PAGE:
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Starting a company at age 14? No sweat!

“I’ve learnt to listen to my intuition. And it has helped me make better decisions around managing people and my business.”

Ugandan Noah Walakira was just 14 when he started Namirembe Sweater Makers, a community-based organisation that started off by manufacturing knitted jerseys for schools in Kampala. It was a skill his grandmother taught him during school holidays, and while no longer around today, Walakira knows she’d be proud to see what he’s done with the skill.

Today Namirembe Sweater Makers employs around 20 people in his community and has diversified its offering to manufacturing various uniforms – from sportswear to ties – for over 45 schools in Uganda, as well as for other organisations such as security companies. On an average month, the company can produce around 500 sweaters, with each costing a school about US$7. And Walakira, now 23, has managed to put himself and other young employees through school with the earnings.

His success had not gone unnoticed, with the Anzisha Prize – a pan-African organisation which celebrates young entrepreneurs between 15 and 22 – naming Walakira a finalist for its annual award last year.

Furthermore, his company has provided many youths in his community with vocational skills and employment. Uganda has the largest percentage of people  under the age of 30 in the world, which has translated into high numbers of youth unemployment. This is something he hopes to continue tackling.

Being a young employer

Having run a small factory from the age of 14, Walakira has learnt a number of business lessons, including how to manage employees double his age.

“I try to make sure that they have it in their minds that they are not just being employed by a 14 or 23 year old, but rather the company,” he says, adding he never wants his age to affect an older employee’s ambition within the organisation.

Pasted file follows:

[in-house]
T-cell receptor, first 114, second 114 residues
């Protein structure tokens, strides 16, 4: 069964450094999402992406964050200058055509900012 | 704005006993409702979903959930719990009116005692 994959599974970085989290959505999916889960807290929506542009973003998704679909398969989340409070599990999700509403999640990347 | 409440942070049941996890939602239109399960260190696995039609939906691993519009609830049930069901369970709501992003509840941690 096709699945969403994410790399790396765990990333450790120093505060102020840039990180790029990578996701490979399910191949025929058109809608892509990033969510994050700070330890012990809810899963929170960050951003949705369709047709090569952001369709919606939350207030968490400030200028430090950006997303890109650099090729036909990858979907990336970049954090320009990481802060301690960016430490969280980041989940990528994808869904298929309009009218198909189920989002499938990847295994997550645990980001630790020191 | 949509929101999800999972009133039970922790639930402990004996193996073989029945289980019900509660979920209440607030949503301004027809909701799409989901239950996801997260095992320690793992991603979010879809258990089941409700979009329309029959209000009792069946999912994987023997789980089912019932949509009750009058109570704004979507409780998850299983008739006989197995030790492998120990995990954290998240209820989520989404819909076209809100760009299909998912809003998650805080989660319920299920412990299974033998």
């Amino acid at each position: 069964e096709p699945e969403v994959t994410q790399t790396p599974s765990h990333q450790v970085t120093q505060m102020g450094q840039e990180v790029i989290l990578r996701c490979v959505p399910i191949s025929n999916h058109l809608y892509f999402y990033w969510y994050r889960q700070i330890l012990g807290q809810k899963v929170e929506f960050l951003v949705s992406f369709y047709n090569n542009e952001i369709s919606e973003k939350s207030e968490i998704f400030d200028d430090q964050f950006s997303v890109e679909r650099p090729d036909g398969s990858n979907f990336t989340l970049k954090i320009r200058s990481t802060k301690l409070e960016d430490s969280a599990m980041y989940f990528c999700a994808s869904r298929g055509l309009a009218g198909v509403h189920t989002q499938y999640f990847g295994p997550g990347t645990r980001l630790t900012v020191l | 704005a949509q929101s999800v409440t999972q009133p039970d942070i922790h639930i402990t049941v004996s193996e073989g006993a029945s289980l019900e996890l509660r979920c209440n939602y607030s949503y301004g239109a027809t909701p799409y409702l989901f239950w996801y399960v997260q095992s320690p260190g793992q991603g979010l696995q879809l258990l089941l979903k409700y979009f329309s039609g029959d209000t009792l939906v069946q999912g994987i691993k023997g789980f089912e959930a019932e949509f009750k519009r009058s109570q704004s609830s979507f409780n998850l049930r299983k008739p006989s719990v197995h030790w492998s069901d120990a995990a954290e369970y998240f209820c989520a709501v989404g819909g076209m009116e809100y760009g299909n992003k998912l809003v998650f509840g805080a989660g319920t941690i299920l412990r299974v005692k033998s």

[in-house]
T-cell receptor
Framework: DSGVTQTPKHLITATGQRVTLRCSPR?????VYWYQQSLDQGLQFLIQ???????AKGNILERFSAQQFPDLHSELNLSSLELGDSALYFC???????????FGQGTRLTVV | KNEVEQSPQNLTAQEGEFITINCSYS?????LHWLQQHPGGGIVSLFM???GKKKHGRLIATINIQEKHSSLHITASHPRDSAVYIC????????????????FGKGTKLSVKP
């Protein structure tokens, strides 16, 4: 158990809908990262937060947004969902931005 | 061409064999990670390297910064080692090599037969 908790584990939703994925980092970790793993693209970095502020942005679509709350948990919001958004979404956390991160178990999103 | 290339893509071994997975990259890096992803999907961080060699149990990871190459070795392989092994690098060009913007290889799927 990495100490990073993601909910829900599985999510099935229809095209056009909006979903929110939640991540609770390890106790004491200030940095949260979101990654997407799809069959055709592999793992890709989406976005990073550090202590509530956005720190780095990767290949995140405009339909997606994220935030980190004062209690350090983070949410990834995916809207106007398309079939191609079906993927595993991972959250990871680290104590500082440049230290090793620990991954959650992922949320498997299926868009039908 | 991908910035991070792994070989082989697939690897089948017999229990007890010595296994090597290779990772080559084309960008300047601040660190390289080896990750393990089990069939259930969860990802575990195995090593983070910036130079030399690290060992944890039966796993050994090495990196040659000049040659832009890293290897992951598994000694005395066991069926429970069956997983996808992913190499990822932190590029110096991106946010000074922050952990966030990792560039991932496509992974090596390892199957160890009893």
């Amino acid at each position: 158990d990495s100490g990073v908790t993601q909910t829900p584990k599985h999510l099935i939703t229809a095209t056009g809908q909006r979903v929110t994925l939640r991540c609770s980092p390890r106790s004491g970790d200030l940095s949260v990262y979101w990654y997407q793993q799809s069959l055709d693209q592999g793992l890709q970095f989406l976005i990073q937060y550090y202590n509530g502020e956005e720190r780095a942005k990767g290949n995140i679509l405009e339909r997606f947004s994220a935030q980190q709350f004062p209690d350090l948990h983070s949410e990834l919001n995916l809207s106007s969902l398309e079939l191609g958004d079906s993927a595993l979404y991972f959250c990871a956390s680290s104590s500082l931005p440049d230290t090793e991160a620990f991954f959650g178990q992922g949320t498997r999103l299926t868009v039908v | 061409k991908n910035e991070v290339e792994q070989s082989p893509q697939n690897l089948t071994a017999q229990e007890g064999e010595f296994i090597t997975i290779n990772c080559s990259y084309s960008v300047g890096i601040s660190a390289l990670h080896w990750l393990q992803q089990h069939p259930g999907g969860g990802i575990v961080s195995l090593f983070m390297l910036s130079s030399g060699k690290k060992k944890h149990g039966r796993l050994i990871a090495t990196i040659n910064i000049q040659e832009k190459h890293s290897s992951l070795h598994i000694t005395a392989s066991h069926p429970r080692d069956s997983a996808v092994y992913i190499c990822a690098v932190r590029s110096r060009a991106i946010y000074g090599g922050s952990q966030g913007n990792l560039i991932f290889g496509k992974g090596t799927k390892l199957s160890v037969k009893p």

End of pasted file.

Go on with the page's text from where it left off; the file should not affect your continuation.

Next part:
He has also learnt how to better communicate with authorities and comply with business regulations after his factory was shut down once due to a misunderstanding around operating licences. But most importantly, he says he has also grown to realise he has the potential to make a difference in his community as well as grow a national – even pan-African – company.

“In five years I see more branches opening and helping out jobless people in different areas. There are so many who are suffering [from unemployment], especially in the North-West,” he continues.

“I am already thinking of how to expand this initiative and work with these communities to solve some of the problems around poverty.”

Guided by intuition

“Let your vision and passion drive you,” advises Walakira, adding that without these two elements, young entrepreneurs will not be able to persist when facing the overwhelming number of challenges.

“If you do not love what you are doing, then go back to the drawing board and find something you do love,” he adds.

“Follow that small voice that is talking to you inside of your heart, and listen to it with your mind, but critically. It will help you make the right decisions.”

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